Page 1

Americana online 3585T | April 1–12, 2021 |

Watercolor and Gilt “ParrottRice” Family Record, Weymouth, Massachusetts, c. 1830 Fine Windsor Carved Fan-back Armchair, New England, late 18th century Molded Sheet Copper and Cast Zinc Horse and Sulky Weathervane, late 19th century Blue-painted Pine Chest over Three Drawers, New England, 18th century

this page: Red-painted Pipe Box with Heart Hanger, early 19th century

Diminutive Pine Corner Cupboard, New England, 18th century

Large Oval Burl Bowl with Pierced Handles, late 18th/early 19th century

back cover: 19th Century Chinese School Reverse-painted China Trade View

Americana online This April’s major Americana online auction will feature nearly 900 lots gathered in Marlborough from New England estates, discerning private collectors and families, and venerable institutions such as Historic Deerfield (proceeds to benefit the Historic Deerfield Museum Collections Fund). Two lifelong collections from Connecticut built over decades give the sale a decidedly rural and 18th century streak—the Judi & Cy Stellmach Americana Collection, and Property from the Collection of Donald Ballou Reid. From other consignors come Windsor chairs, a painted Dunlap family high chest, burl bowls and woodenware, and paintings of rural landscapes and settings, including works by Frank Shapleigh. There are more formal urban and “high country” objects as well: a Massachusetts Chippendale block-front chest with carved hairy paw feet, a newly discovered Vermont half-sideboard by early 19th century cabinetmaker Rufus Norton, a tall clock by scarce maker Samuel Rogers of Bridgewater, Massachusetts, and an engraved silver tablespoon by Paul Revere. There is also a small component of Chinese export porcelain, some good American needleworks, and an eye-catching collection of early 19th century slip- and mocha-decorated wares. Come explore!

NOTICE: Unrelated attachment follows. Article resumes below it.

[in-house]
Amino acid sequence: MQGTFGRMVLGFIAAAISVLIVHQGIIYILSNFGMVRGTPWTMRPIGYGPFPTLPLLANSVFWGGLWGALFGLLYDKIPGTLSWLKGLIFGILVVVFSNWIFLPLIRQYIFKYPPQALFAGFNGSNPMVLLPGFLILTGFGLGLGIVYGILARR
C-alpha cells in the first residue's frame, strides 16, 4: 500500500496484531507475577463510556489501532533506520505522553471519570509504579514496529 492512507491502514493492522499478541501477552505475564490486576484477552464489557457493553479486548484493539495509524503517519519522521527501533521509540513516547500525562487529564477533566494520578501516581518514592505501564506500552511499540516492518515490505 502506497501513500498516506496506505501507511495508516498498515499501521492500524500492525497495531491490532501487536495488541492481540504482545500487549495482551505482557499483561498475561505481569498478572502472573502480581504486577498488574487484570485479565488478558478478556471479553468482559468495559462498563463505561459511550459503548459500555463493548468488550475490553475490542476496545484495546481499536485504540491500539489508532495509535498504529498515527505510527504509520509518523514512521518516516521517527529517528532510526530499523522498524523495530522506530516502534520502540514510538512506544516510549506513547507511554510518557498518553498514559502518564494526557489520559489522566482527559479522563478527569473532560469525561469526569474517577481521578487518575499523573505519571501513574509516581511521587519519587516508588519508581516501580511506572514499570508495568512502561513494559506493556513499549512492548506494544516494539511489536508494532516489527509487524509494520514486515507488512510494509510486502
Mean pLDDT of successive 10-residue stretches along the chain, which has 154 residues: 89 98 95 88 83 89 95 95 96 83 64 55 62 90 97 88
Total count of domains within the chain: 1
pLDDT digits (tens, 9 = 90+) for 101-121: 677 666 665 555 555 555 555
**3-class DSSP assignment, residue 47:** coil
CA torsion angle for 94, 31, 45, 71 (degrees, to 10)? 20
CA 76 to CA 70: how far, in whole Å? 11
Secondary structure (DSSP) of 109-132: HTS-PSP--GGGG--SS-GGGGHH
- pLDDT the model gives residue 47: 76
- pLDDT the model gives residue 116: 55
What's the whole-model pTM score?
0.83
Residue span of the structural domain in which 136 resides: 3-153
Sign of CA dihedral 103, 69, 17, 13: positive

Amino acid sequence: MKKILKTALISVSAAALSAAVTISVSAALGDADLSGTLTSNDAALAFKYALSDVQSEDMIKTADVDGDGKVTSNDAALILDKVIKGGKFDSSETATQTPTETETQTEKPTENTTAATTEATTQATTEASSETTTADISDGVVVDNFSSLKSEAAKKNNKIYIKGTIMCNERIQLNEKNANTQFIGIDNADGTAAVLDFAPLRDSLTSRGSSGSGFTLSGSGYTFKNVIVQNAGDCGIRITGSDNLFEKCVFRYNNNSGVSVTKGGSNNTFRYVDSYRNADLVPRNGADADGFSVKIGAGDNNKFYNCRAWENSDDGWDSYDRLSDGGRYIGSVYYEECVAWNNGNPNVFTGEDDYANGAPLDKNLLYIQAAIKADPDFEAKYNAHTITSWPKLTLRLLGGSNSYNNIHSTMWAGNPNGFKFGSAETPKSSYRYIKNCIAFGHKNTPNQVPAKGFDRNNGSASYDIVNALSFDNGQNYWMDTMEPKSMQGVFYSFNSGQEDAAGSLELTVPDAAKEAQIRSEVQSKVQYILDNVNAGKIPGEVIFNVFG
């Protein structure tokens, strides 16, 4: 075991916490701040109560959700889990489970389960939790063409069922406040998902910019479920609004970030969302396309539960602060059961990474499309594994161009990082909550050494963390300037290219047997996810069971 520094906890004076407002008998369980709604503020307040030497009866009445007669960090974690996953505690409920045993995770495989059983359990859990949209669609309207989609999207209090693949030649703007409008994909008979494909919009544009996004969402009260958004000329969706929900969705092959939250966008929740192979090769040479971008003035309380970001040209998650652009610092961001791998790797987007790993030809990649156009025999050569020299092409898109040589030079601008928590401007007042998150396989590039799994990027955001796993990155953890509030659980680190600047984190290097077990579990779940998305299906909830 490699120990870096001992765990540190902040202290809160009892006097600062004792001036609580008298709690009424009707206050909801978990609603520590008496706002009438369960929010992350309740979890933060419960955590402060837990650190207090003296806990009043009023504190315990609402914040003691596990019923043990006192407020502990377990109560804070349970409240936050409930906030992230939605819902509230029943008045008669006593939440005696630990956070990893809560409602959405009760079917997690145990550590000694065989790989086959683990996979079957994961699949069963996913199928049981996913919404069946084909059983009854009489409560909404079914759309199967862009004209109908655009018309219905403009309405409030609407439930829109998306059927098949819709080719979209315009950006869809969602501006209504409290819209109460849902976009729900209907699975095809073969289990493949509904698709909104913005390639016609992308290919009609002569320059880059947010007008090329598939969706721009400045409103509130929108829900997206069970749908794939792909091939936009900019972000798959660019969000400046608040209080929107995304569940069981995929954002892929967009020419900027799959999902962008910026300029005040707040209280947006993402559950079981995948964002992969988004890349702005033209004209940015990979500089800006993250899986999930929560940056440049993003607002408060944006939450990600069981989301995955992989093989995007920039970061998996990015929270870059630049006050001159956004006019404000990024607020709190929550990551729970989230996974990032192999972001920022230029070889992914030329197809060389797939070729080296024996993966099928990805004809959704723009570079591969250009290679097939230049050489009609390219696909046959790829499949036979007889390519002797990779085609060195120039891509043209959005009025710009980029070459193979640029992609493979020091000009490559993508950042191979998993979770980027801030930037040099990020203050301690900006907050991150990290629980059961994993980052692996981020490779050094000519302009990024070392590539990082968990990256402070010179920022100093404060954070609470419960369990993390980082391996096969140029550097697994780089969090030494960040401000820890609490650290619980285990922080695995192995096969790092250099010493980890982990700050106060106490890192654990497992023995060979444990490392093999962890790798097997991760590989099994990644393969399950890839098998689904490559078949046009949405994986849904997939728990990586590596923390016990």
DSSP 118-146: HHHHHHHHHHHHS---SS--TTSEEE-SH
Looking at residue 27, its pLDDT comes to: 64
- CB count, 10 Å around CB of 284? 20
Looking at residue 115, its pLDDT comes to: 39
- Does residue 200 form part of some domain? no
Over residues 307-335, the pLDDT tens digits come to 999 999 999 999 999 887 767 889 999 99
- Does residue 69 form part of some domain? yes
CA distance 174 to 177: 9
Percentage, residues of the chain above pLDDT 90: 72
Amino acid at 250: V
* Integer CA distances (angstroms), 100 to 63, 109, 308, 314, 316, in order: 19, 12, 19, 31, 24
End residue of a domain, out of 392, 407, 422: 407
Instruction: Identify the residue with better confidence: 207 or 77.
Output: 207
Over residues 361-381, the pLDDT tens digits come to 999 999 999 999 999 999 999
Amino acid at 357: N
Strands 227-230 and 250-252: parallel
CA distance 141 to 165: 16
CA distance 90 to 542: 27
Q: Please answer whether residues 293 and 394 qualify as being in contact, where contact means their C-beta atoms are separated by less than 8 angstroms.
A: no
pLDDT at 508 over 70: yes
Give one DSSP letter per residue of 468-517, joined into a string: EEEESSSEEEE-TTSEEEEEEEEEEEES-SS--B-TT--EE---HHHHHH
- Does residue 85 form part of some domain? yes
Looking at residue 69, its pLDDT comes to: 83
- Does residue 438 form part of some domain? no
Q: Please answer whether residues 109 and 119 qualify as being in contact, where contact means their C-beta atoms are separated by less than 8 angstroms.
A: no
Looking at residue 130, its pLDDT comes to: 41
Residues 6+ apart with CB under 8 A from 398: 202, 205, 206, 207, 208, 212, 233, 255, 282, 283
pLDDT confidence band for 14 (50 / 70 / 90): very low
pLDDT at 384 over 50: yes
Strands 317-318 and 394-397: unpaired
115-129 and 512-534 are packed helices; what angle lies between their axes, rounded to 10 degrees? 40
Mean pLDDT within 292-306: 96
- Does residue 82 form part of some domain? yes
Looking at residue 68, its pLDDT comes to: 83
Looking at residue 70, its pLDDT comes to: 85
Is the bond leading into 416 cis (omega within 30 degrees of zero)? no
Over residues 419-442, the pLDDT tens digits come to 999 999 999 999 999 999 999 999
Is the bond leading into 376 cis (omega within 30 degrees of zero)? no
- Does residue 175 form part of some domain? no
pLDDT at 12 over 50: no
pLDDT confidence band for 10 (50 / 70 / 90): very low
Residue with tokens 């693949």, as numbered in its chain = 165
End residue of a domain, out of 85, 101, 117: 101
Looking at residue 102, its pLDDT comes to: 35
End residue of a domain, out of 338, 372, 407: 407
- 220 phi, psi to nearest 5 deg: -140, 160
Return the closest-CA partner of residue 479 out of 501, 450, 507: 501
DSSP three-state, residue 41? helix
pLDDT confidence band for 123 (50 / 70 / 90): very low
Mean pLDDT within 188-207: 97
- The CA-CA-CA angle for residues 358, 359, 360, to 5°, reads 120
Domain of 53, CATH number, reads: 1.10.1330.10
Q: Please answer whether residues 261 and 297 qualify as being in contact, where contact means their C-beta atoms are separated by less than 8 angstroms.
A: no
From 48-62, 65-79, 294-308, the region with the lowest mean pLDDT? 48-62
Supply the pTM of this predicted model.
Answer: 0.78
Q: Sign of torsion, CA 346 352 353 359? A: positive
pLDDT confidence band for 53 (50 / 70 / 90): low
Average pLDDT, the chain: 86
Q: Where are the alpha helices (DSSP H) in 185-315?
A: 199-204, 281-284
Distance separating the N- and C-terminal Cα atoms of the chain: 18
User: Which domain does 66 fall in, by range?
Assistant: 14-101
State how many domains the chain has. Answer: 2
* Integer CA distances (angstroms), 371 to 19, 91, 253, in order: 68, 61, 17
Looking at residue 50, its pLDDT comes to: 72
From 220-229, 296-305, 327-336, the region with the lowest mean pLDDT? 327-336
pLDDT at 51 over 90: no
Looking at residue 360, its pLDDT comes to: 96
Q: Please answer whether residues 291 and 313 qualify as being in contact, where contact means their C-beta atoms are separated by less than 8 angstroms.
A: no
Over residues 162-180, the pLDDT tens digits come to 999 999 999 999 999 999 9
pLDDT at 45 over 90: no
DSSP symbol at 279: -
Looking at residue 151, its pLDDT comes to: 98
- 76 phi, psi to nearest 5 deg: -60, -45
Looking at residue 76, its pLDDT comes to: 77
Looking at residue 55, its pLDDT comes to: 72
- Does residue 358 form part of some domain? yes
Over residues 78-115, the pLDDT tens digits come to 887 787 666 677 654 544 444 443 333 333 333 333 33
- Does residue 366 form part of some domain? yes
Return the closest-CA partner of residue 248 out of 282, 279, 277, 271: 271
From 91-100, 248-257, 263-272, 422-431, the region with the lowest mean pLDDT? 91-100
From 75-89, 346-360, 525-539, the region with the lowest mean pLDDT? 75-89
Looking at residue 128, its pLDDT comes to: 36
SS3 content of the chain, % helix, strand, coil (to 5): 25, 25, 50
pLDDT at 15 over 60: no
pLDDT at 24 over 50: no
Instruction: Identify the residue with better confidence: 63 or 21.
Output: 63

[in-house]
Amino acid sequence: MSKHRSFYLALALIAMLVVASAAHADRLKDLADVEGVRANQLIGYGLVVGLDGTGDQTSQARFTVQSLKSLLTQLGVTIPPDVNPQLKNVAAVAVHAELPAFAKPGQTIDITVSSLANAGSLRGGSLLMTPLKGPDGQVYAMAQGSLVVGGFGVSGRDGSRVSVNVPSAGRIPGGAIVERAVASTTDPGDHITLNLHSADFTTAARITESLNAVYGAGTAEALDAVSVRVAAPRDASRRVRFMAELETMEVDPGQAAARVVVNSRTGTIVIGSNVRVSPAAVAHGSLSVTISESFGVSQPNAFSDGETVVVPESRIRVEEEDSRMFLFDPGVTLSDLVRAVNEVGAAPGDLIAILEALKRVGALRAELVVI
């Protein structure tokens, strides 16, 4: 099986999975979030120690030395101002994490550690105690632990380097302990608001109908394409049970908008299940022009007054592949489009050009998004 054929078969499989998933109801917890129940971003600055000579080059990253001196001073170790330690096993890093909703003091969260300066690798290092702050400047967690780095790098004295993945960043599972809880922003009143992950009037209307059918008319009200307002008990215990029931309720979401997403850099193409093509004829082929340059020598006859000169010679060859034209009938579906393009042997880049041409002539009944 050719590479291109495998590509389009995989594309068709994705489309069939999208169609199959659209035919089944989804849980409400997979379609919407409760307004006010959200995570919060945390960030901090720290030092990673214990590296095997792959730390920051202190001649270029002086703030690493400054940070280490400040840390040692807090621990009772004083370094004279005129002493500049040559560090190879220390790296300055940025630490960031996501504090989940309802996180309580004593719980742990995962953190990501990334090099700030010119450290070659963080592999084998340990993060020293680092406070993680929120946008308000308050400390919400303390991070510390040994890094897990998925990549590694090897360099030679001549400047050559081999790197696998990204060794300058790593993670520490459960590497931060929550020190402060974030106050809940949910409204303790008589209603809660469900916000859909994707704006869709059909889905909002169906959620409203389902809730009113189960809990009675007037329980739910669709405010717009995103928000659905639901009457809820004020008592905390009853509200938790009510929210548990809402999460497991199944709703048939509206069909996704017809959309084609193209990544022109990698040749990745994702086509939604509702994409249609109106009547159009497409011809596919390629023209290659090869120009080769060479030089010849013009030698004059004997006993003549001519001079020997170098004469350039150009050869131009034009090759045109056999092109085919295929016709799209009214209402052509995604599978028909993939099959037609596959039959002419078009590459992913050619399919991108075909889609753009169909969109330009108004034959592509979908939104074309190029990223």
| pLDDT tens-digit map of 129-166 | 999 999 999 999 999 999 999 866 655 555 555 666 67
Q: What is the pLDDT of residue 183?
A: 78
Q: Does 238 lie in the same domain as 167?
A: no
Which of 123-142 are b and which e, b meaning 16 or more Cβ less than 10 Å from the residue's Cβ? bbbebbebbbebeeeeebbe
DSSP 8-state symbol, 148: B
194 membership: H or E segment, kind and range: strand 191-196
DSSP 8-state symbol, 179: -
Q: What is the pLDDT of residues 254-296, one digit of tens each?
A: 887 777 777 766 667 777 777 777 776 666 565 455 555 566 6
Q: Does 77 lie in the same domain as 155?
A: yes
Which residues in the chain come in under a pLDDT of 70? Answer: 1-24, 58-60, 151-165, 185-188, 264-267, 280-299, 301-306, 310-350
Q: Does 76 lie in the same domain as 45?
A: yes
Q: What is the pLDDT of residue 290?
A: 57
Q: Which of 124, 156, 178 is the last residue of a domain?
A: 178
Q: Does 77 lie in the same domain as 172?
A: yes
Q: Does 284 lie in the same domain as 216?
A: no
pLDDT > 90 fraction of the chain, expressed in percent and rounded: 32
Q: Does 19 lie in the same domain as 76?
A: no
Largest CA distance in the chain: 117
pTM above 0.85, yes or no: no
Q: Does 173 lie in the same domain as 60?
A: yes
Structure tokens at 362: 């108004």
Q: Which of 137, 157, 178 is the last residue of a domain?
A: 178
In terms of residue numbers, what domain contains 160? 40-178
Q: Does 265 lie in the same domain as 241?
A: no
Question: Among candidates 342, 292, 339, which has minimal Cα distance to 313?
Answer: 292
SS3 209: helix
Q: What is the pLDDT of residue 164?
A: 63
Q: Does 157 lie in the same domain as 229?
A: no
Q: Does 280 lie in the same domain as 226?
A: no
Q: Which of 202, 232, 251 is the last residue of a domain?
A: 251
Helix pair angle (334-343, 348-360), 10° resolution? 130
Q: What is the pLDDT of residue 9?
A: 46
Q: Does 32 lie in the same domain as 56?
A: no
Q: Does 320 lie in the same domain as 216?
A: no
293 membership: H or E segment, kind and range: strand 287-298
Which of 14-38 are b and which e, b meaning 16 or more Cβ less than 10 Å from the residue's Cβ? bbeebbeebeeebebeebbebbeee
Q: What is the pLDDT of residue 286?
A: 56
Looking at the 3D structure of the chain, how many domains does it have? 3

April 1–12, 2021 please contact the department for condition reports & preview appointments, visit our website to register & bid

Stephen Fletcher Chris Barber Christopher Fox 508.970.3200

MA LIC. 2304

Property from the Collection of Donald Ballou Reid, Butternut Farm, Glastonbury, Connecticut Painted Pine Swordfish Weathervane, early 20th century

Large Glazed Redware Jar, New England, 19th century

Rare Pierced Tin Lantern, early 19th century

Printed “Perpetual Almanack” in a Carved and Shaped Black-painted Frame, possibly Maine, early 19th century

Cherry and Pine Tall Chest of Drawers, Connecticut, c. 1800

Needlework Sampler “Sally Talcott,” c. 1796

Compass-inlaid Box, America, early 19th century

Small Red-painted Pine Cupboard, New England, late 18th century

The Judi & Cy Stellmach Americana Collection We are pleased to offer this interesting and colorful collection of 18th century household items and early painted furniture—from unusual early lighting and treen to early glass and textiles—treasures abound!

Small Black-painted and Paint-decorated Mirror, 18th century Gilt-brass Equinoctial Compass Sundial, Europe, 18th century Paint-decorated Wall Box, America, 19th century Tin-glazed Earthenware “Trade and Navigation” Punch Bowl, England, c. 1760 Red-painted Pine Chest over Drawers, New England, early 18th century Blue-painted Cupboard, 18th century Small Brass Wall Sconce, Europe, 18th century Wrought Iron Rushlight Candleholder, late 18th century

Selections from a Collection of Slip-and Mocha-decorated Wares Watercolor Birth Fraktur for Sussanna Elisabeth Shaffer, Francis Portzline, Union County, Pennsylvania, c. 1834 Watercolor Fraktur of Mary Ann Ellen Butts, John Van Minian, Baltimore County, Maryland, c. 1830 Carved and Painted Hummingbird and Nuthatch Figures by Jess Blackstone (New Hampshire, 1909-1988)